Sunday, March 2, 2008

Trivial Matters (Hong Kong 2007)

A wide array of experiences in life, death, and relationships, Trivial Matters is the film version of seven short stories from director Edmond Pang Ho-Cheung aimed at amusing the masses. Problem is, the more stories you have, the higher the risk of a hit-and-miss situation, which is exactly what this package as a whole provides.

Vis Major - The film opens with an off-camera therapist (Jan Lam) trying to get to the root of a married couples (Chan Fai-Hung and Crystal Tin), problems. Naturally, both sides have their own unique spin on the story of their sex life which is recreated through the use of no-name actors as both husband and wife explain their discomfort over the therapist visualizing them having sex.

Civism - Next, we see Edison Chen and Stephanie Cheng in a dance club having a conversation on what it means to be a "civil" citizen. Edison goes into great, and graphic, detail about what it is that makes him such a great helper of the working class.

It's A Festival Today - Chan (Eason Chan) and his girlfriend Wai Ying (Isabel Chan) move in together but they each have a different motive for doing so. Wai Ying wants to save money on the rent and further develop their relationship. Chan just wants to have sex but Wai Ying wants to wait until after marriage. He convinces her that "oral" activities isn't the same as having sex, so she agrees to it because it's Christmas day and she wasn't able to buy him a present. After that, she'll only "service" him on holidays.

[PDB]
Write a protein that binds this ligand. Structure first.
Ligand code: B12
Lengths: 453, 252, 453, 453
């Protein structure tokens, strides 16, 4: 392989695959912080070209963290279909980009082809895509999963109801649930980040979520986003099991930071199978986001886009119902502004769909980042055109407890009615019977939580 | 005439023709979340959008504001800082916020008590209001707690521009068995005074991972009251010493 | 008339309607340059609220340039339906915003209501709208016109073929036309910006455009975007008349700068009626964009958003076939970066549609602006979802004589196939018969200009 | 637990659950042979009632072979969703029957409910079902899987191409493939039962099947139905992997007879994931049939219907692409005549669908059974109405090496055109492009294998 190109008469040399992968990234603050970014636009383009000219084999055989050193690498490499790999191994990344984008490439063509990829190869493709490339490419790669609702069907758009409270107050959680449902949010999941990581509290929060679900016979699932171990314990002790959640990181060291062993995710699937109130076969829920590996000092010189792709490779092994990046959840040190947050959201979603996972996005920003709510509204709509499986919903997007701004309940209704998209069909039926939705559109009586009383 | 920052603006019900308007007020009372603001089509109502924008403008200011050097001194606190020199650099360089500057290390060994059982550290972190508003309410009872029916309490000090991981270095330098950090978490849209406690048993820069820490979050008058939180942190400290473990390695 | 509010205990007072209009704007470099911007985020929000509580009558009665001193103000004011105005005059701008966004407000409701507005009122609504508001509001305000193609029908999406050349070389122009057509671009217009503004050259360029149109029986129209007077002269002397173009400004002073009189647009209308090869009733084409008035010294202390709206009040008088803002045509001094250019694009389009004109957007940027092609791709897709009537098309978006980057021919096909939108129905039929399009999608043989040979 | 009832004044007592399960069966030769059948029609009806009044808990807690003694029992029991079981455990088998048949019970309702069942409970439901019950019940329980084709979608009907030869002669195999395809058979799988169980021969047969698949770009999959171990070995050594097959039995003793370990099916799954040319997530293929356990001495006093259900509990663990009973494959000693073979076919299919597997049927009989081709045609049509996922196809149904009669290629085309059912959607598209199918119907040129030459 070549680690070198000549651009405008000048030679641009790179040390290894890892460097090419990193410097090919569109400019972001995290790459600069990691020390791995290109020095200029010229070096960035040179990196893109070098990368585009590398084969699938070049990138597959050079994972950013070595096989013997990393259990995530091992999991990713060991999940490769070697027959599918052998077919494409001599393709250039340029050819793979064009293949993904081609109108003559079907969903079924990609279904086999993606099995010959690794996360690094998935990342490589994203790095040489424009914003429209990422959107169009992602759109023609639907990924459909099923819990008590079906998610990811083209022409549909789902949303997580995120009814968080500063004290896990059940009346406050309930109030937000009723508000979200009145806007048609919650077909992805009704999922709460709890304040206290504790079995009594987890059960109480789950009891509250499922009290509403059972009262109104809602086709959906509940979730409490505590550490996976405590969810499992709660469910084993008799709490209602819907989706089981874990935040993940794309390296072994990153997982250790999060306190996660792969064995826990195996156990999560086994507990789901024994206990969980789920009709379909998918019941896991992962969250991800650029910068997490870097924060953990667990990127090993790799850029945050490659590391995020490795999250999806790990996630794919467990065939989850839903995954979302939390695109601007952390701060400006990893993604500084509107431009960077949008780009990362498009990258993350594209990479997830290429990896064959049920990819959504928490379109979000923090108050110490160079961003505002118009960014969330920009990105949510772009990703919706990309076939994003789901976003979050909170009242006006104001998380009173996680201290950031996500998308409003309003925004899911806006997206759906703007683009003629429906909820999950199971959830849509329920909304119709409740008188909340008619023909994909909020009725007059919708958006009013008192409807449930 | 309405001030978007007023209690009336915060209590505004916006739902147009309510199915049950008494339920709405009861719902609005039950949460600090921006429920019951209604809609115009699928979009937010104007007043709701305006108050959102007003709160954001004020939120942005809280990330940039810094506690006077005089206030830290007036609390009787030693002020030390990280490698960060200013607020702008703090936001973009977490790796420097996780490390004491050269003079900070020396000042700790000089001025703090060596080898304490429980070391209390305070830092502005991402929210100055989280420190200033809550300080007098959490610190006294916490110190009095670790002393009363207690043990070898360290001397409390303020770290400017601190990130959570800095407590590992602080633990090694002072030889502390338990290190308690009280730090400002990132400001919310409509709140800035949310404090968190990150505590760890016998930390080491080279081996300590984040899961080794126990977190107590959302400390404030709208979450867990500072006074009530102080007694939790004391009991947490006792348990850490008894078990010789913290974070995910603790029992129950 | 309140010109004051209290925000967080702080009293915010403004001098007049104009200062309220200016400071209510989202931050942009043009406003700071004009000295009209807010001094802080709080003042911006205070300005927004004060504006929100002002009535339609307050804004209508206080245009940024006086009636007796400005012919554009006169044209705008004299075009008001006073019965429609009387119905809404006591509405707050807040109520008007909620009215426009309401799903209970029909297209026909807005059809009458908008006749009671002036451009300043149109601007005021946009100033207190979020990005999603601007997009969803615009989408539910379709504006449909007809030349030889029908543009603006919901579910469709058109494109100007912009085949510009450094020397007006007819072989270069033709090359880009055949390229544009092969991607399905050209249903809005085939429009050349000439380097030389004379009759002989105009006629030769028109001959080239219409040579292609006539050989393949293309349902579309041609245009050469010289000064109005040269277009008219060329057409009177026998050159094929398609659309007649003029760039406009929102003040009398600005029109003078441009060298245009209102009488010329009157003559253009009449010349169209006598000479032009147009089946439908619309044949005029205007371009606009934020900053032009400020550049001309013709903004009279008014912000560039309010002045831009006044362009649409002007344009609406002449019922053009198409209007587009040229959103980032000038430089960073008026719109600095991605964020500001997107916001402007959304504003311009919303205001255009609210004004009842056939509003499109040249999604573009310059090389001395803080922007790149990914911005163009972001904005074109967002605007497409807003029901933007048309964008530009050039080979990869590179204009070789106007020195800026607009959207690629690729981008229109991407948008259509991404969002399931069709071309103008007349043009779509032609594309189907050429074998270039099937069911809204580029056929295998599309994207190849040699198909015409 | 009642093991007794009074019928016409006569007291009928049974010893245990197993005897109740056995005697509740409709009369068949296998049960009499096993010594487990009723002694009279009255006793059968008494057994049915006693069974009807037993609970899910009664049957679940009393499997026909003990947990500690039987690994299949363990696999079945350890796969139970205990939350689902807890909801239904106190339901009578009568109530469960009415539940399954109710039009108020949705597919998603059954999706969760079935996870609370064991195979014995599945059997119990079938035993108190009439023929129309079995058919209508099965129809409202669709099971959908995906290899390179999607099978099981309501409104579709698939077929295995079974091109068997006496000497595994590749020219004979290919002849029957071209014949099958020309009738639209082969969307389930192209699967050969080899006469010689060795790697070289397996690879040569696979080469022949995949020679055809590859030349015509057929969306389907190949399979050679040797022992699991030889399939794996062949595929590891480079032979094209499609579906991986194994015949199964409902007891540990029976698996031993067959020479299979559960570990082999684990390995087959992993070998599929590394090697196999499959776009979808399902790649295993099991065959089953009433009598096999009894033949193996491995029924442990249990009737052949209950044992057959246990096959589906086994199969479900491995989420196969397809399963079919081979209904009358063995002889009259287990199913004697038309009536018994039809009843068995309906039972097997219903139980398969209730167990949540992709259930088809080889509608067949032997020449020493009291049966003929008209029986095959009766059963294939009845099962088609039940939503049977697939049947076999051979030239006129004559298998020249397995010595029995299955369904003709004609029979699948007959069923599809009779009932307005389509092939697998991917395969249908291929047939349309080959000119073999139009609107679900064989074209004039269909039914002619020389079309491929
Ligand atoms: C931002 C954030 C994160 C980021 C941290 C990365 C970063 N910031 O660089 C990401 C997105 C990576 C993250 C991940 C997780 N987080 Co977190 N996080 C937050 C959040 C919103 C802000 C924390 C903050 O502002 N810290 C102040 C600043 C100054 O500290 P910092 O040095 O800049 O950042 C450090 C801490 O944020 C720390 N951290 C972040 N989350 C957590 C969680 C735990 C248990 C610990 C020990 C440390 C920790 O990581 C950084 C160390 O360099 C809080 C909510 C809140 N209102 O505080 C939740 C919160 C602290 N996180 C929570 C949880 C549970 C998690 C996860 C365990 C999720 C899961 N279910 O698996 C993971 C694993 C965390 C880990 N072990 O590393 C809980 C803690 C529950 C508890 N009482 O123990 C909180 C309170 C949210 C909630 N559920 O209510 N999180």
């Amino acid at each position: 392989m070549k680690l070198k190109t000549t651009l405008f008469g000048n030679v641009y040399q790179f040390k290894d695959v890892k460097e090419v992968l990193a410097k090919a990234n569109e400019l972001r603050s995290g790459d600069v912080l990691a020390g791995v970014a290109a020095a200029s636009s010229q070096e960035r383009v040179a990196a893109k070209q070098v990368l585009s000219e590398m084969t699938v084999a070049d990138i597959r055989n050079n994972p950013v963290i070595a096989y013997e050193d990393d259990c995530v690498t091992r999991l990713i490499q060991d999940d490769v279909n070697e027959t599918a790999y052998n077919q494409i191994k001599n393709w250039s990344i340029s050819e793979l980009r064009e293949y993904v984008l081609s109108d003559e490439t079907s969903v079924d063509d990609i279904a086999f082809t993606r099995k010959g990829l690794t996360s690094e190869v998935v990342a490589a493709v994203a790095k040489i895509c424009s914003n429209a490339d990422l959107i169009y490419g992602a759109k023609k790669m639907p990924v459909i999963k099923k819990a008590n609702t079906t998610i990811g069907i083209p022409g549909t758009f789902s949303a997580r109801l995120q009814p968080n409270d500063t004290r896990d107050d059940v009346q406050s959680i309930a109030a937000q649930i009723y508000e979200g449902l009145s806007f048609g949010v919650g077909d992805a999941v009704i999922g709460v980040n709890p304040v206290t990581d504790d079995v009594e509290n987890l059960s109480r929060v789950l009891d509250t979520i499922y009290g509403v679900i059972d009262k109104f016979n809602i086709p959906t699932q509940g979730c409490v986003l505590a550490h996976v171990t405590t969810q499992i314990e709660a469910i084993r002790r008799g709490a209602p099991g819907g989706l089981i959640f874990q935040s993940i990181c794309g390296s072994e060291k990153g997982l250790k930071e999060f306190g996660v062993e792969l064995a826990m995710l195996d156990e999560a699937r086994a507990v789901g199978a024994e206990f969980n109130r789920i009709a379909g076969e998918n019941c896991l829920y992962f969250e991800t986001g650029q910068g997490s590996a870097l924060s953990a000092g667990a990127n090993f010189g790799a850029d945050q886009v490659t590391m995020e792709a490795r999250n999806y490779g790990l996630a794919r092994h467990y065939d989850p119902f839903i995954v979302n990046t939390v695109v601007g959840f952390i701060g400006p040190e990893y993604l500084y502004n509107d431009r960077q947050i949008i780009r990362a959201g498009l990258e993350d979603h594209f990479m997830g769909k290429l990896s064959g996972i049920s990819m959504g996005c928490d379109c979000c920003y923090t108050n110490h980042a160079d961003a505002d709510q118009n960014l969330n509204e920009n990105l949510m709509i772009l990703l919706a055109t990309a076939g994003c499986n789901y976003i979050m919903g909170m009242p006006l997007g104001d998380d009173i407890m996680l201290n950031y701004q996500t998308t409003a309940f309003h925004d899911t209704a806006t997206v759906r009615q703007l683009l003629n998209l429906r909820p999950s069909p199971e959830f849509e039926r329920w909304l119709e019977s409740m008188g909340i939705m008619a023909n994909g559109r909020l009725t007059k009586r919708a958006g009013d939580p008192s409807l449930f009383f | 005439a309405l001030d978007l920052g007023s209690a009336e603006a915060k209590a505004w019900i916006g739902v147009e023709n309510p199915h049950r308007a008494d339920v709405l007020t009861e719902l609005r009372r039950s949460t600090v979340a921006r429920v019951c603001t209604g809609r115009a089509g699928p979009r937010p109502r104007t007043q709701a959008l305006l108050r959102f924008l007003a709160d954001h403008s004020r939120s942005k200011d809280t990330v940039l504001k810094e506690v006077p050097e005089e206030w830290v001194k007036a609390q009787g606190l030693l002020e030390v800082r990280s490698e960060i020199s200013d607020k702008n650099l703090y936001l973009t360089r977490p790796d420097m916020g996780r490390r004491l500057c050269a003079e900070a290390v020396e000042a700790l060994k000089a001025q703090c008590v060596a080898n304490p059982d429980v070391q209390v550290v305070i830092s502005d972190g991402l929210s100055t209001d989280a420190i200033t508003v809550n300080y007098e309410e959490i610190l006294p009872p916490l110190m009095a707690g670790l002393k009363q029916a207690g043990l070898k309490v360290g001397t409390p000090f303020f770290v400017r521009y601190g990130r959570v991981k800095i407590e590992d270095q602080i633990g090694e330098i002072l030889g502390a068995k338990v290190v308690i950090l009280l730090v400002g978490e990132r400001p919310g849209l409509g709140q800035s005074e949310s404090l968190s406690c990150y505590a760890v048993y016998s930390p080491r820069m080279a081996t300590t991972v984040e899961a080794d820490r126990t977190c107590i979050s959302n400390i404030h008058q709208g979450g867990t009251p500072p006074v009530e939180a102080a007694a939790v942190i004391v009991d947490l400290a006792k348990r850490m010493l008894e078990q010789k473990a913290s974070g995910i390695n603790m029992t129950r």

Tak Nga - Told from the perspective of a future race living on another planet and in silent-film style, an instructor is telling his class the story of Ai Chi (Kenny Kwan), who writes a letter to the editor of Easy Finder magazine in hopes that they'll name a star after his crush Tak Nga (Angela Baby) for her birthday.

Ah Wai The Big Head - Ah Wai (Gillian Chung) is an insecure secondary school student who often relies on the advice of her friend Kate (Stephy Tang) before making any decisions. Ah Wai mentions that a garage worker by the name of Eagle has taken notice of her and she can't decide if she should date him or not. Kate really doesn't care about Ah Wai's problems and seems to just tell Ah Wai what she wants to hear in order to get rid of her. Kate is busy being in love herself and is planning a trip to Japan with her boyfriend Ronald. When things take a serious turn for Ah Wai and she needs Kate's help more than ever, their quasi-friendship is put to the test. Eventually the girls find themselves in similar situations, but the end result is the opposite of what both girls expected.